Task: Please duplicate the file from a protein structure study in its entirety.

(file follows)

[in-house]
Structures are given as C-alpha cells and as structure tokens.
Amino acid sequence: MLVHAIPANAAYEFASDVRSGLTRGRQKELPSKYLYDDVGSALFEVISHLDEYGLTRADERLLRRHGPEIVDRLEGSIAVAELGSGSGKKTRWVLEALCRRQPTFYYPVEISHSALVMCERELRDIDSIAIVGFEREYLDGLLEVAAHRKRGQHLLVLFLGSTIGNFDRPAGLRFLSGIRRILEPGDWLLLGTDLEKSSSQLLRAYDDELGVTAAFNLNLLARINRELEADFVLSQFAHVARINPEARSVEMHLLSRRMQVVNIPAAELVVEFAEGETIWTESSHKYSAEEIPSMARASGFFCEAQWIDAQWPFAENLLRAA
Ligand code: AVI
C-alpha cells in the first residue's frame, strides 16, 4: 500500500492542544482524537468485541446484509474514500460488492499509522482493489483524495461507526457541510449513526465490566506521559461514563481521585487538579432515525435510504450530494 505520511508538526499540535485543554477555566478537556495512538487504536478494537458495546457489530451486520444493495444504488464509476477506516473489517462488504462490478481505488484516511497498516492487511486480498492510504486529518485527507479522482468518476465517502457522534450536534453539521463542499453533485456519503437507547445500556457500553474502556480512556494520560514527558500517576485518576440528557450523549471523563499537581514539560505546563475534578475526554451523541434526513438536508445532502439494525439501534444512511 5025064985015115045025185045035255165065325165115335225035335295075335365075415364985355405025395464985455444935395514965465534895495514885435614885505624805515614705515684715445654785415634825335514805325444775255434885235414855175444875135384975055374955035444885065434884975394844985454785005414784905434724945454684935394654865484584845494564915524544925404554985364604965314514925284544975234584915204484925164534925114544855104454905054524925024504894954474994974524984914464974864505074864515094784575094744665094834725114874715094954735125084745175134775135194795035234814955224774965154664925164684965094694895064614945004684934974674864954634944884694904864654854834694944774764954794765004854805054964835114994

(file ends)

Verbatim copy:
[in-house]
Structures are given as C-alpha cells and as structure tokens.
Amino acid sequence: MLVHAIPANAAYEFASDVRSGLTRGRQKELPSKYLYDDVGSALFEVISHLDEYGLTRADERLLRRHGPEIVDRLEGSIAVAELGSGSGKKTRWVLEALCRRQPTFYYPVEISHSALVMCERELRDIDSIAIVGFEREYLDGLLEVAAHRKRGQHLLVLFLGSTIGNFDRPAGLRFLSGIRRILEPGDWLLLGTDLEKSSSQLLRAYDDELGVTAAFNLNLLARINRELEADFVLSQFAHVARINPEARSVEMHLLSRRMQVVNIPAAELVVEFAEGETIWTESSHKYSAEEIPSMARASGFFCEAQWIDAQWPFAENLLRAA
Ligand code: AVI
C-alpha cells in the first residue's frame, strides 16, 4: 500500500492542544482524537468485541446484509474514500460488492499509522482493489483524495461507526457541510449513526465490566506521559461514563481521585487538579432515525435510504450530494 505520511508538526499540535485543554477555566478537556495512538487504536478494537458495546457489530451486520444493495444504488464509476477506516473489517462488504462490478481505488484516511497498516492487511486480498492510504486529518485527507479522482468518476465517502457522534450536534453539521463542499453533485456519503437507547445500556457500553474502556480512556494520560514527558500517576485518576440528557450523549471523563499537581514539560505546563475534578475526554451523541434526513438536508445532502439494525439501534444512511 5025064985015115045025185045035255165065325165115335225035335295075335365075415364985355405025395464985455444935395514965465534895495514885435614885505624805515614705515684715445654785415634825335514805325444775255434885235414855175444875135384975055374955035444885065434884975394844985454785005414784905434724945454684935394654865484584845494564915524544925404554985364604965314514925284544975234584915204484925164534925114544855104454905054524925024504894954474994974524984914464974864505074864515094784575094744665094834725114874715094954735125084745175134775135194795035234814955224774965154664925164684965094694895064614945004684934974674864954634944884694904864654854834694944774764954794765004854805054964835114994